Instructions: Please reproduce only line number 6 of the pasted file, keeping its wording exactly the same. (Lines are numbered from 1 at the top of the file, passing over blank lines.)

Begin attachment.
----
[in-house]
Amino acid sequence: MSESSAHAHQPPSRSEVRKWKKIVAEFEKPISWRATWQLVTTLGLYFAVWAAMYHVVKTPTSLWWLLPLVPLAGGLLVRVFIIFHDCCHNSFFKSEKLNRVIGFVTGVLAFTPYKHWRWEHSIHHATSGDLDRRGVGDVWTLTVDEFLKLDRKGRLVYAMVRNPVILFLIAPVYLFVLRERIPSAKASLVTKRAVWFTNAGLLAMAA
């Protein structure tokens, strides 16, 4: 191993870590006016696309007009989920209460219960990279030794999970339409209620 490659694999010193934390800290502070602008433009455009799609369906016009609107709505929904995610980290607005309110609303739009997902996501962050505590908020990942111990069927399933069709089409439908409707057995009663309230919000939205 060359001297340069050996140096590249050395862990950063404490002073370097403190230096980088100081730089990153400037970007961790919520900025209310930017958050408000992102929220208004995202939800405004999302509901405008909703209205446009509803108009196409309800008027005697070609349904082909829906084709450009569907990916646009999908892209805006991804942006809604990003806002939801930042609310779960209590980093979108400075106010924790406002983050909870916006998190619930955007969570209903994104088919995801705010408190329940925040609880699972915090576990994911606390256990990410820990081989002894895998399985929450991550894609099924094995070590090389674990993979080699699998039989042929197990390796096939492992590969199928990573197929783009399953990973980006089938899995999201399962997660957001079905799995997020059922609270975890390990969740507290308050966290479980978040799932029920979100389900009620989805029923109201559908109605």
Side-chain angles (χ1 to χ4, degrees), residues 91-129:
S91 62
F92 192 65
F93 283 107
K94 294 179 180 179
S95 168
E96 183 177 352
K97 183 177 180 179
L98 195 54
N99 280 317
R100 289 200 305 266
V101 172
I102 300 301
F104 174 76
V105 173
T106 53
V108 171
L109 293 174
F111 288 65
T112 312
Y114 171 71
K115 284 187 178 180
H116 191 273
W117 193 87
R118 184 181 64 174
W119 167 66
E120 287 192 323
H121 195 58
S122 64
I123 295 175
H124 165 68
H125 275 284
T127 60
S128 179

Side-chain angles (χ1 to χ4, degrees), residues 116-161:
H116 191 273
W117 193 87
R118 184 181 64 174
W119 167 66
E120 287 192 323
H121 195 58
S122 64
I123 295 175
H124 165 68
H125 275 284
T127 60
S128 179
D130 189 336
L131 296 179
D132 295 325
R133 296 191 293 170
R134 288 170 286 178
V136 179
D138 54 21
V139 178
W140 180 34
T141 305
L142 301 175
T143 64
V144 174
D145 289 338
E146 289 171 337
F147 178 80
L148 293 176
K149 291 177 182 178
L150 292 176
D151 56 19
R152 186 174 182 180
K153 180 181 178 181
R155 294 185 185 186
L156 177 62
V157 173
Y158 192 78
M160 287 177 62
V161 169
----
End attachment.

F92 192 65